AARP Eye Center
It’s no surprise that old age is the biggest influence on whether you get Alzheimer’s, but you may raise an eyebrow over what can seem like an endless scroll of other potential risk factors for the deadly brain disease. After all, recent studies have tied an increased risk of dementia to breathing polluted air, drinking a daily diet soda, undergoing anesthesia, being “sleepy” in the afternoon, and, if you're a woman, to either having lots of kids or not having enough of them, depending on which set of results you believe.
For those who feel like throwing their arms up in defeat, “it’s important to remember that risk factors are just that — factors, not fate,” says Gregory Jicha, M.D., a professor at the University of Kentucky’s Sanders-Brown Center on Aging. “We see folks all the time who have done everything right and still come down with dementia, and those who do everything wrong and never have an issue. It’s not something you can completely control.”
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What’s more, experts note that many studies are quite limited in scope, with findings that may be interesting or useful to an Alzheimer’s researcher — as one piece of information in a complex array of genetic and environmental factors possibly causing changes in the brain — but that aren’t meant to influence behavior on an individual level. Findings that seem eerily specific — say, how “sleepy” someone feels at 3 p.m., or how he or she responds to anesthesia — may in fact reflect larger, underlying conditions, such as how well someone sleeps in general, or how healthy he or she is before going into surgery.
That said, it is helpful to understand a smaller set of proven, significant and actionable risk factors, Jicha says. You may not be able to turn back the clock (or move to a less-polluted city, or change the number of children you had), but there is plenty you can do to protect your brain health. We asked experts to pinpoint the most important dementia risk factors — the ones you really need to focus on.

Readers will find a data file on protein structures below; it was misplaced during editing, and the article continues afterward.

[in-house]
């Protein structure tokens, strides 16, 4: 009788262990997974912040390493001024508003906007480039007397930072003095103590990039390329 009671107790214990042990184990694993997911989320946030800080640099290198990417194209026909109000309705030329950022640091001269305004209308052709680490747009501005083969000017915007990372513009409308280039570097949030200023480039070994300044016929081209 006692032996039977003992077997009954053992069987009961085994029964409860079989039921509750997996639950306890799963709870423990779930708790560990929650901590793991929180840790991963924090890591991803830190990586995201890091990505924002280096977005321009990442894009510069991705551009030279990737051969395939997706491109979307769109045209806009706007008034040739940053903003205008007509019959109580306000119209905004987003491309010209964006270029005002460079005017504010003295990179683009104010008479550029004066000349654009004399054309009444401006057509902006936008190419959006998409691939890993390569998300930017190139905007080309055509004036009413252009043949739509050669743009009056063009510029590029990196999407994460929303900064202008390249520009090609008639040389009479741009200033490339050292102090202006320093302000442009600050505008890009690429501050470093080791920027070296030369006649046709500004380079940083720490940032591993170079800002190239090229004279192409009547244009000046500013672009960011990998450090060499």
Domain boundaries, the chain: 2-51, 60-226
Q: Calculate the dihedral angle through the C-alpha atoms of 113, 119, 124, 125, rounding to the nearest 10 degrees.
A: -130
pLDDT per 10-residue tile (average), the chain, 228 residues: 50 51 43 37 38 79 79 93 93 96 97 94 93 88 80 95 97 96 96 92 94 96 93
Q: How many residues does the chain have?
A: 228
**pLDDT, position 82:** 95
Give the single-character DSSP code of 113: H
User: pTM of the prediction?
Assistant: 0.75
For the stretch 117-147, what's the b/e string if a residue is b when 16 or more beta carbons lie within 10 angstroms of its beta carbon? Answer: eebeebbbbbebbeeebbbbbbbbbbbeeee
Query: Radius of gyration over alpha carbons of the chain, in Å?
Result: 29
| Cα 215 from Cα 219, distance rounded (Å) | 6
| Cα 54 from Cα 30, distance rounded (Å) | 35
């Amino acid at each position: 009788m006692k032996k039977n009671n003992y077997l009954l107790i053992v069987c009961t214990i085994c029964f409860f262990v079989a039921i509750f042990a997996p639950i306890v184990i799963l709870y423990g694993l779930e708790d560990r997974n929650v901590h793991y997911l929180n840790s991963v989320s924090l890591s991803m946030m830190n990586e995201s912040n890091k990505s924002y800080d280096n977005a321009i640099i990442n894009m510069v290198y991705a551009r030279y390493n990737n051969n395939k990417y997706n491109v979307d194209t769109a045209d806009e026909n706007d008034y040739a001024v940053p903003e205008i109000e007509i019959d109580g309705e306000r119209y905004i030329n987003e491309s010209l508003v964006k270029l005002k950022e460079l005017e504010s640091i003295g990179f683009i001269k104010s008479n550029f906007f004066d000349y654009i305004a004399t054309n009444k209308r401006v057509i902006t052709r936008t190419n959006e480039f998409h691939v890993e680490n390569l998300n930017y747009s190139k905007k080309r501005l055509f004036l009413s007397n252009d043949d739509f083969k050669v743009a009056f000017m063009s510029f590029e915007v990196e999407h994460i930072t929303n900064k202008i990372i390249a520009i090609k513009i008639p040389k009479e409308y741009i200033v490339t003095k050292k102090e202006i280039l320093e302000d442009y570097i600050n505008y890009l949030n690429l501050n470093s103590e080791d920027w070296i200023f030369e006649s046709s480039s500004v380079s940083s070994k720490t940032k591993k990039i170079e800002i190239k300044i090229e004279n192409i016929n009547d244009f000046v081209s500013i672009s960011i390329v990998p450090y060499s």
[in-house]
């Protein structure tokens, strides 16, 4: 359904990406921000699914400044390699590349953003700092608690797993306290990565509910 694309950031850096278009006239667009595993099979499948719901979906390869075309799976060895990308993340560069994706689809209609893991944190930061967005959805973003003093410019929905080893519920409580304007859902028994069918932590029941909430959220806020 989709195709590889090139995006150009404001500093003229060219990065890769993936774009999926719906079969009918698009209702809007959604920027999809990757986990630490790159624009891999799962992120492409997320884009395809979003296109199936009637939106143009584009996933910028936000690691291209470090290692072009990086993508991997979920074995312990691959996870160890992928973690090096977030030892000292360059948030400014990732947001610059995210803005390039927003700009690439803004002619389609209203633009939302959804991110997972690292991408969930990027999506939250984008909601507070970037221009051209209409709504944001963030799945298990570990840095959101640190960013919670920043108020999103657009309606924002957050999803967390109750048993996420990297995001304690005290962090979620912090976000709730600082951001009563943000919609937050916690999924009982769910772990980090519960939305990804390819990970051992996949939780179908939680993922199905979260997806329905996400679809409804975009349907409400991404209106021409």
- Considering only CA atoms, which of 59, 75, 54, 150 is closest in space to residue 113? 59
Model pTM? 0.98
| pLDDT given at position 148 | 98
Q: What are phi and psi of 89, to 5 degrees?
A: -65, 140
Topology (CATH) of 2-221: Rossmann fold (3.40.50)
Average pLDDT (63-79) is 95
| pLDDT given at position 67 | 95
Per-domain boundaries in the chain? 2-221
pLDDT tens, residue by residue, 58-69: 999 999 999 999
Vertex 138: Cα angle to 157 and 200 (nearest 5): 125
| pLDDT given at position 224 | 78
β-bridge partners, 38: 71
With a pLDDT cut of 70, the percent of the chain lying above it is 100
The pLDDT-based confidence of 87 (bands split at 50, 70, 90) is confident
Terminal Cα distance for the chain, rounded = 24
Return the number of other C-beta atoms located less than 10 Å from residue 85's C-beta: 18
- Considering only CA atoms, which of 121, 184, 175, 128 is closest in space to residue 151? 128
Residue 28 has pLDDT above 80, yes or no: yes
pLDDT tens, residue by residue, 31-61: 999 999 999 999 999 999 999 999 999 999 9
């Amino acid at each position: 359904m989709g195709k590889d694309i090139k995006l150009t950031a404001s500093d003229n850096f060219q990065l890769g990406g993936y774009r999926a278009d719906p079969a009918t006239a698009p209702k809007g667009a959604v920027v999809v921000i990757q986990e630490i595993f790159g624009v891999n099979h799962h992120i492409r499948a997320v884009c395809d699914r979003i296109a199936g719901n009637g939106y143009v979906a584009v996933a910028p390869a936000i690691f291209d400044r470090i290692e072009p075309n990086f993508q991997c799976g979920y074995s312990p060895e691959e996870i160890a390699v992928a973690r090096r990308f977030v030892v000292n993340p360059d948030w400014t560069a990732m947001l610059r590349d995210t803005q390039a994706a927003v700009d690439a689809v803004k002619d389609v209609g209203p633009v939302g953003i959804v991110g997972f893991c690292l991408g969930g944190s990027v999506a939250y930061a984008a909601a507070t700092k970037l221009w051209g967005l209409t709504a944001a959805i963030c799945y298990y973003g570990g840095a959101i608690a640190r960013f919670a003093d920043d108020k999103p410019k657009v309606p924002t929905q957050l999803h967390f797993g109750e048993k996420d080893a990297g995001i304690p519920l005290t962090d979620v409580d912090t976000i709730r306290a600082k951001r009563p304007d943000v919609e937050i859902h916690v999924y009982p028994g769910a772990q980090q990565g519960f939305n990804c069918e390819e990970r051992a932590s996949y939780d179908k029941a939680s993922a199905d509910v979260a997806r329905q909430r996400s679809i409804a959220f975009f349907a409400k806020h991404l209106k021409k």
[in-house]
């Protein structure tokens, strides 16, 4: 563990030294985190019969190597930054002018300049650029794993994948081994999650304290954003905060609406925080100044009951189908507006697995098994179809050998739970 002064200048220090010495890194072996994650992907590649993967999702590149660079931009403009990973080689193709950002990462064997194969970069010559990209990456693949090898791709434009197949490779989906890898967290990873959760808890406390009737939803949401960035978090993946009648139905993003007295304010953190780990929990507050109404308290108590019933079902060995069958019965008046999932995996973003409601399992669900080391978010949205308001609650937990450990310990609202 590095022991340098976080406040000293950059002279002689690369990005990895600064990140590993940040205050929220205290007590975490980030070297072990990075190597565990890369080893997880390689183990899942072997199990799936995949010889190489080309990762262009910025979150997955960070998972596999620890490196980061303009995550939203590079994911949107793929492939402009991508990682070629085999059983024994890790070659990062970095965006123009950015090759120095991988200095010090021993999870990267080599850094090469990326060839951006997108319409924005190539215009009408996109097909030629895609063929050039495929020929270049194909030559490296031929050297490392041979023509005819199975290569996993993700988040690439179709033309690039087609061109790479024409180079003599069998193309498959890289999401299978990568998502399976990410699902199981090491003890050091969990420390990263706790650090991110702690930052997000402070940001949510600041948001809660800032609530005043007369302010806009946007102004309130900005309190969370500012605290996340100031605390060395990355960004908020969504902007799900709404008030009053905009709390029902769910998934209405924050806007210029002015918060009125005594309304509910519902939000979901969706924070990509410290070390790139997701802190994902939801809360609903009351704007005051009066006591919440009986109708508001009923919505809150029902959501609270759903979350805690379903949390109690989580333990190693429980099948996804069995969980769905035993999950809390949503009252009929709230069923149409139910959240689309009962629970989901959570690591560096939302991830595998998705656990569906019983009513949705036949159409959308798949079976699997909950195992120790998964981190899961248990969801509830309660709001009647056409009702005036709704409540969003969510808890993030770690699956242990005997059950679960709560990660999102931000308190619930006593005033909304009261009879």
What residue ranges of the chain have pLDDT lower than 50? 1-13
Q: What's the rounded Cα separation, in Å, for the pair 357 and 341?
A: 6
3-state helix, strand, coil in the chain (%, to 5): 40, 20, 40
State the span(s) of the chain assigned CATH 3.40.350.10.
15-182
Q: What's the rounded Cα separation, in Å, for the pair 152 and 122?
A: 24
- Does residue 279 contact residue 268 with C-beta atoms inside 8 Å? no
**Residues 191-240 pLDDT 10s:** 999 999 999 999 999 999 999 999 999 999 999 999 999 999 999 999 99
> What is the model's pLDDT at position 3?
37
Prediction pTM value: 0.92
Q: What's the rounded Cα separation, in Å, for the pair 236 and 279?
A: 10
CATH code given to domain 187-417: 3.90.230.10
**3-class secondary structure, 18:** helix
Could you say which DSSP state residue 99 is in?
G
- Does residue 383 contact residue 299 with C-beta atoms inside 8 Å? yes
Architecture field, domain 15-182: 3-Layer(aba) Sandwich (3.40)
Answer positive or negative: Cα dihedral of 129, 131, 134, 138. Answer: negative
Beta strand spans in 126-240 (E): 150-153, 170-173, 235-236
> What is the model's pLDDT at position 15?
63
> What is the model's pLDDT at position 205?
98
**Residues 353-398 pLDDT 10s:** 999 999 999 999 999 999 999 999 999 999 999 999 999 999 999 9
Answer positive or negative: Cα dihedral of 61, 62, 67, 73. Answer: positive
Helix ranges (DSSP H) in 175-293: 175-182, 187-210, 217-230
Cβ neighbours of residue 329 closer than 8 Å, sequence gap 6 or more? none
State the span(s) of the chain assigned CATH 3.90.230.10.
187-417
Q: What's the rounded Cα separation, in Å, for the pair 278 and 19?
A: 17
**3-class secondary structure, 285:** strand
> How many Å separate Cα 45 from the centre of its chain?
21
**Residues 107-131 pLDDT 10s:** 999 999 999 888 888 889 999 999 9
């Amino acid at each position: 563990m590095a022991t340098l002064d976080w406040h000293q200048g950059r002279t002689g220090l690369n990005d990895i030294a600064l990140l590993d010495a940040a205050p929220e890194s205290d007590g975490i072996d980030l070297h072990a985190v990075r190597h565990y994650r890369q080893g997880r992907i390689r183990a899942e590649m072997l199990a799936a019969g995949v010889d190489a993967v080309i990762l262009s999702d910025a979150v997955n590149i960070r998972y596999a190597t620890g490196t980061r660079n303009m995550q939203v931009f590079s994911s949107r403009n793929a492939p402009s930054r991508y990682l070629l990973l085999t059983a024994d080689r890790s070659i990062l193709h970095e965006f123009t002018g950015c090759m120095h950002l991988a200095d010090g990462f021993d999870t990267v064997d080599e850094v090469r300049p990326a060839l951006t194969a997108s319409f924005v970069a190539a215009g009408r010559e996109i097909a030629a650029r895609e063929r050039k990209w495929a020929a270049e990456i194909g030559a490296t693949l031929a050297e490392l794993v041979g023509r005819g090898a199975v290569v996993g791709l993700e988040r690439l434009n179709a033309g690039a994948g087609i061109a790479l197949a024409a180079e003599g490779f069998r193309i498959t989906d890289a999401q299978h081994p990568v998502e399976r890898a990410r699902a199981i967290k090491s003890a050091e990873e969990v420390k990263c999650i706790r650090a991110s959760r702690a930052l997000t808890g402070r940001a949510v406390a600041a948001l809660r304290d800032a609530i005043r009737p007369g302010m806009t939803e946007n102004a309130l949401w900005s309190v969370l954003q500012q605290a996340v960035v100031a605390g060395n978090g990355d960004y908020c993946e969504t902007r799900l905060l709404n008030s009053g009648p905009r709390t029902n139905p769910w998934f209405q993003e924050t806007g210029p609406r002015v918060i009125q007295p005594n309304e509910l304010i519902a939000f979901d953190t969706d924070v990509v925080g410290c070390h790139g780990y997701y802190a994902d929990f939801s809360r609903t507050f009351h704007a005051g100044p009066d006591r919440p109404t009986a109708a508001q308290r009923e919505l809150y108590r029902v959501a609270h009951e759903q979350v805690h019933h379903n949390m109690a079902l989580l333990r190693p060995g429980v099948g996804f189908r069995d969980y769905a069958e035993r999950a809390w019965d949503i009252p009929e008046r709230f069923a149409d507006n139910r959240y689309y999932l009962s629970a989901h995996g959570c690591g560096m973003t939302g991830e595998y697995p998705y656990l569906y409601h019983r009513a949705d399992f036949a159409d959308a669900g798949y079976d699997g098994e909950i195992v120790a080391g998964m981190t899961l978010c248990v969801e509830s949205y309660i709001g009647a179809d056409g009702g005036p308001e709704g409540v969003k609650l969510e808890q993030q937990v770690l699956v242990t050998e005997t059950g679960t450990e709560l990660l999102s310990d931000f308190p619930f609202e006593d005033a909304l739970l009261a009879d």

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Anything that blocks or reduces blood flow in the body — a stroke, heart disease — also increases your risk for dementia. After all, your brain has a critical need for uninterrupted blood circulation, so it’s important to keep those vessels free and clear. Quit smoking, and work to get conditions that can harm your vascular health under tighter control. These can include high blood sugar, high cholesterol, obesity and, especially, high blood pressure. High blood pressure, or hypertension, is strongly associated with an increased risk of dementia — more so than any other single health condition. This may be in part because of its prevalence, says Jicha, who notes that between 70 and 80 percent of older adults have high blood pressure. “It’s also a silent risk factor that you can carry for years without realizing it,” he says. “That’s not the case for diabetes or obesity. It’s hard to run away from those conditions the way you can with high blood pressure.”
However, it’s best to talk to your doctor about your optimal blood pressure levels, says Joe Verghese, a professor at Albert Einstein College of Medicine and chief of geriatrics at the Montefiore Health System. “Blood pressure levels that require treatment in someone who is 60 are different than in someone who is 80,” he says. “The older you are, the more leeway you have in how high your blood pressure can safely be.”